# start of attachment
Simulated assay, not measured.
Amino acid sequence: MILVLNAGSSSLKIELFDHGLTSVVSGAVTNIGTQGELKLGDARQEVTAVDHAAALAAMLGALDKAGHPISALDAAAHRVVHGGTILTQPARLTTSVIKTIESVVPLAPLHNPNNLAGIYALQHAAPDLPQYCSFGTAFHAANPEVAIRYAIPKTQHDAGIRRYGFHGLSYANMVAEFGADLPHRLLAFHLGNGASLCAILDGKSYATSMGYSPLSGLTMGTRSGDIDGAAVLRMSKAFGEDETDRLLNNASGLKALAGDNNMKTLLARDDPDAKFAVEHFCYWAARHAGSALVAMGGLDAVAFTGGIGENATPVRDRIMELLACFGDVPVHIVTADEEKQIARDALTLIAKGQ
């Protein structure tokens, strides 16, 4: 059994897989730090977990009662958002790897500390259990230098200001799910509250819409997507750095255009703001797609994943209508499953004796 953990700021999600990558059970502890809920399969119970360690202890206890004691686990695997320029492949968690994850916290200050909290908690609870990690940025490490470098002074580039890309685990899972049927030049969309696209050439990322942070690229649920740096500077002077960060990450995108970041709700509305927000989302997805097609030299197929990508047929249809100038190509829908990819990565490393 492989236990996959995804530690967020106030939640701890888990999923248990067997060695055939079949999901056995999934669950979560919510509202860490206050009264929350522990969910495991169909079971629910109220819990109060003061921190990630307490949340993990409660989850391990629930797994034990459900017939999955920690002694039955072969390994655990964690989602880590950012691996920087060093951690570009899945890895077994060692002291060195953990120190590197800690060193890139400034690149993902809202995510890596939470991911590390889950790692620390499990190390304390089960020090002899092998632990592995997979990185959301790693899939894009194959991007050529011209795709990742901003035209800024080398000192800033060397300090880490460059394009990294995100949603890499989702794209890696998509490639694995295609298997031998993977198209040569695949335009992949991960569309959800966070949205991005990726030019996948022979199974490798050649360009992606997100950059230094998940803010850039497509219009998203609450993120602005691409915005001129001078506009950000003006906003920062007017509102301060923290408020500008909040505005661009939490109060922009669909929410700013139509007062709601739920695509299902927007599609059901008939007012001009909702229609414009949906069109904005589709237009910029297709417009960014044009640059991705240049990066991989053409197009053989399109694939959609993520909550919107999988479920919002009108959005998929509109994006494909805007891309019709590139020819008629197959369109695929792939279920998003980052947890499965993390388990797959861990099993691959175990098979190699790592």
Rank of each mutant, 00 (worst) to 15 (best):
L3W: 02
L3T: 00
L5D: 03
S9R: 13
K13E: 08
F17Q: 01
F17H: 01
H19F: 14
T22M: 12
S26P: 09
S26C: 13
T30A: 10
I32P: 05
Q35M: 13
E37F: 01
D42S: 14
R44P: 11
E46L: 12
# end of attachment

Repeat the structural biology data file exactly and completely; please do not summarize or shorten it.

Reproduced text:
Simulated assay, not measured.
Amino acid sequence: MILVLNAGSSSLKIELFDHGLTSVVSGAVTNIGTQGELKLGDARQEVTAVDHAAALAAMLGALDKAGHPISALDAAAHRVVHGGTILTQPARLTTSVIKTIESVVPLAPLHNPNNLAGIYALQHAAPDLPQYCSFGTAFHAANPEVAIRYAIPKTQHDAGIRRYGFHGLSYANMVAEFGADLPHRLLAFHLGNGASLCAILDGKSYATSMGYSPLSGLTMGTRSGDIDGAAVLRMSKAFGEDETDRLLNNASGLKALAGDNNMKTLLARDDPDAKFAVEHFCYWAARHAGSALVAMGGLDAVAFTGGIGENATPVRDRIMELLACFGDVPVHIVTADEEKQIARDALTLIAKGQ
């Protein structure tokens, strides 16, 4: 059994897989730090977990009662958002790897500390259990230098200001799910509250819409997507750095255009703001797609994943209508499953004796 953990700021999600990558059970502890809920399969119970360690202890206890004691686990695997320029492949968690994850916290200050909290908690609870990690940025490490470098002074580039890309685990899972049927030049969309696209050439990322942070690229649920740096500077002077960060990450995108970041709700509305927000989302997805097609030299197929990508047929249809100038190509829908990819990565490393 492989236990996959995804530690967020106030939640701890888990999923248990067997060695055939079949999901056995999934669950979560919510509202860490206050009264929350522990969910495991169909079971629910109220819990109060003061921190990630307490949340993990409660989850391990629930797994034990459900017939999955920690002694039955072969390994655990964690989602880590950012691996920087060093951690570009899945890895077994060692002291060195953990120190590197800690060193890139400034690149993902809202995510890596939470991911590390889950790692620390499990190390304390089960020090002899092998632990592995997979990185959301790693899939894009194959991007050529011209795709990742901003035209800024080398000192800033060397300090880490460059394009990294995100949603890499989702794209890696998509490639694995295609298997031998993977198209040569695949335009992949991960569309959800966070949205991005990726030019996948022979199974490798050649360009992606997100950059230094998940803010850039497509219009998203609450993120602005691409915005001129001078506009950000003006906003920062007017509102301060923290408020500008909040505005661009939490109060922009669909929410700013139509007062709601739920695509299902927007599609059901008939007012001009909702229609414009949906069109904005589709237009910029297709417009960014044009640059991705240049990066991989053409197009053989399109694939959609993520909550919107999988479920919002009108959005998929509109994006494909805007891309019709590139020819008629197959369109695929792939279920998003980052947890499965993390388990797959861990099993691959175990098979190699790592």
Rank of each mutant, 00 (worst) to 15 (best):
L3W: 02
L3T: 00
L5D: 03
S9R: 13
K13E: 08
F17Q: 01
F17H: 01
H19F: 14
T22M: 12
S26P: 09
S26C: 13
T30A: 10
I32P: 05
Q35M: 13
E37F: 01
D42S: 14
R44P: 11
E46L: 12